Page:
Church divided over ban on funeral eulogies

https://encrypted-tbn1.gstatic.com/images?q=tbn:ANd9GcTZOvrxJc_yl-ZexNMksHjQdR8nG5Fcom_rJ4Fe7OxdkJcGKou6THE decision to ban funeral eulogies by family members and friends in one of Ireland’s largest Catholic dioceses has deeply divided opinion within the church.

Bishop of Meath Dr Michael Smith has issued the new directive to priests in his diocese, warning against “dumbing down” at Catholic funeral services.

But while several dioceses contacted by the Irish Independent confirmed a similar approach, the Association of Catholic Priests (ACP) was lukewarm to the directive.

ACP spokesman Fr Sean McDonagh said he “doesn’t really understand” the reasoning behind a directive to ban songs, poems and texts devoid of a Christian context.

“As far as I can see there is no way that eulogies interfere with the integrity of the Eucharist. Most of them are totally appropriate for funerals,” said Fr McDonagh.

“The essence of a eulogy is that you are giving thanks to the light of the person that you are mourning. I don’t think there would be a need to ban them in this way,” said Fr McDonagh, who is priest for St Columba’s boarding school in Dublin.

However, Fr Adrian Egan, of the Redemptorists’ Monastery in Limerick, who is also a member of the ACP, agreed that “the primary task of a funeral is to offer Requiem Mass for the dead and to ask that they will rest in peace. Everything else after that is secondary.

“I know what some priests complain about when they describe funerals that go too far. It isn’t a ‘This Is Your Life’ show.”

However, Fr Egan said that the majority of eulogies he had seen were “perfectly acceptable”.

Several other dioceses outlined their own interpretation of what should take place at a funeral Mass.

Fr Eddie McGee, spokesman for Down and Connor Diocese, said if possible the personal reflections of family members should not take place in church.

A spokesman for the Diocese of Raphoe said they followed guidelines issued by the Bishops’ Conference and anything of a secular nature would be out of place in the funeral liturgy.

Micheal Murphy, communications officer for the Kildare and Leighlin Diocese, said the diocese “does not have a published set of guidelines but our priority always is to uphold the dignity of the liturgy and thereby use appropriate scripture reading and sacred music for any liturgical celebrations”.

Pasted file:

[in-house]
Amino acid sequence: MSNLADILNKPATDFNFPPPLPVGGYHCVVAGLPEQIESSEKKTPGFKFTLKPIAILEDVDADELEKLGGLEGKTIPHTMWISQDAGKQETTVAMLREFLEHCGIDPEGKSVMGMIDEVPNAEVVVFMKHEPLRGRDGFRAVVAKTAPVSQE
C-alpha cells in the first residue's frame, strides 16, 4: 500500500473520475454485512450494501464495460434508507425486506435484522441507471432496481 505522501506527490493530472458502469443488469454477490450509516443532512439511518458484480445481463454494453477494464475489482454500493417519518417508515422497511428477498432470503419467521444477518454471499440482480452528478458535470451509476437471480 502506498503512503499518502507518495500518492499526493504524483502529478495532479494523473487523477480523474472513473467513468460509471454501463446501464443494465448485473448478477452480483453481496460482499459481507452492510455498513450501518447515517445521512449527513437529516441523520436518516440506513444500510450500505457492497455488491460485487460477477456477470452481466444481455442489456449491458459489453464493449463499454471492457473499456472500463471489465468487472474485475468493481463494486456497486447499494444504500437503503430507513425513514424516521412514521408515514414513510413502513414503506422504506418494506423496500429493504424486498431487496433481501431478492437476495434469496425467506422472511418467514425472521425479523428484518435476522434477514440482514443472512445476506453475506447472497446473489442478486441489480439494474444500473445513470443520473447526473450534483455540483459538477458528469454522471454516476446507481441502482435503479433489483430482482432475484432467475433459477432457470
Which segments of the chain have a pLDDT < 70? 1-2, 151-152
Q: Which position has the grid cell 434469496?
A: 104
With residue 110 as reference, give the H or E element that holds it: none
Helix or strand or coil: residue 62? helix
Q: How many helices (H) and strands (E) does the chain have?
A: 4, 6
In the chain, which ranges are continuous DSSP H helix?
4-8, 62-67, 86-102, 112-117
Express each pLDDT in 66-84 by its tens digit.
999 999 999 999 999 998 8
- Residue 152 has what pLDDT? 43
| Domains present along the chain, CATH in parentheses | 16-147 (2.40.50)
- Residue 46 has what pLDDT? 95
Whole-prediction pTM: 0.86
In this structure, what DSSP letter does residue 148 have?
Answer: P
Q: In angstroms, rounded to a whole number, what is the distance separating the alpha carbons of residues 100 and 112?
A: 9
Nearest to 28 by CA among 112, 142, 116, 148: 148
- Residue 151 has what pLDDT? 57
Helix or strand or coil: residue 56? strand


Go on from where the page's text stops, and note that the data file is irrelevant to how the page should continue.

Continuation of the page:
Rev Fintan Monahan, diocesan secretary for Tuam, said he wasn’t aware of a written policy in his own archdiocese.
“The normal practice is that occasionally, but not always, a family member says a few words of thanks to people after communion.

“Music, as far as possible, is kept within recognised liturgical norms and is discussed beforehand by the priest, parish bereavement team, family and music ministers,” he said

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About The Voice Of Bombay's Catholic Laity

Bombay Laity Ezekiel’s Chapter 3 Task as Watchman 17 “Son of man, I have made you a watchman for the people of Israel; so hear the word I speak and give them warning from me. 18 When I say to a wicked person, ‘You will surely die,’ and you do not warn them or speak out to dissuade them from their evil ways in order to save their life, that wicked person will die for[b] their sin, and I will hold you accountable for their blood. 19 But if you do warn the wicked person and they do not turn from their wickedness or from their evil ways, they will die for their sin; but you will have saved yourself.
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3 Responses to Church divided over ban on funeral eulogies

  1. I really feel that eulogies at funerals are such a farce. I wonder if anyone has attended a funeral where, what the dead person actually was, is spoken about. Only glowing tributes are allowed, where the dead person is referred to as if he/she was a sort of un-canonised saint; whereas in reality he/she was perhaps, really a demon.
    To those who have cared for me in my lifetime I have left clear requests; no grandiose speeches; just thank the Almighty that he put me on this planet to do what I have done with my my own guts and wits; and to thank those kind people who have been so good to me.
    I would like a celebration of my life; not a mourning of my death; so no speeches !!!!

  2. ralphpaulcoelho says:

    The ban is on eulogies within the Mass, between the entrance him and the departure of the priest after the end of the amass , after the last blessing. This has ways been so but is observed it seem more in the abuse than observance. Fr the reason behind this one has to go to the Constitution of The Sacred liturgy which has been re-issued with updates twice since Vatican II. Misinformation , that too by clergy, is to be decried. . R P Coelho

  3. does any one remember the funeral of fr Hugh Fonseca at St Andrews Church Bandra Mumbai, India. Our dear cardinal Oswald Gracias said so much in praise of fr Hugh, when in actual fact he did not mean what he said. There was a long exchange of mail with our dear cardinal..I believe these eulogies are all one big farce. may be those close to the deceased could say a few words.
    Any way Our cardinal’s idea is one need to be.
    “Thick Skin”

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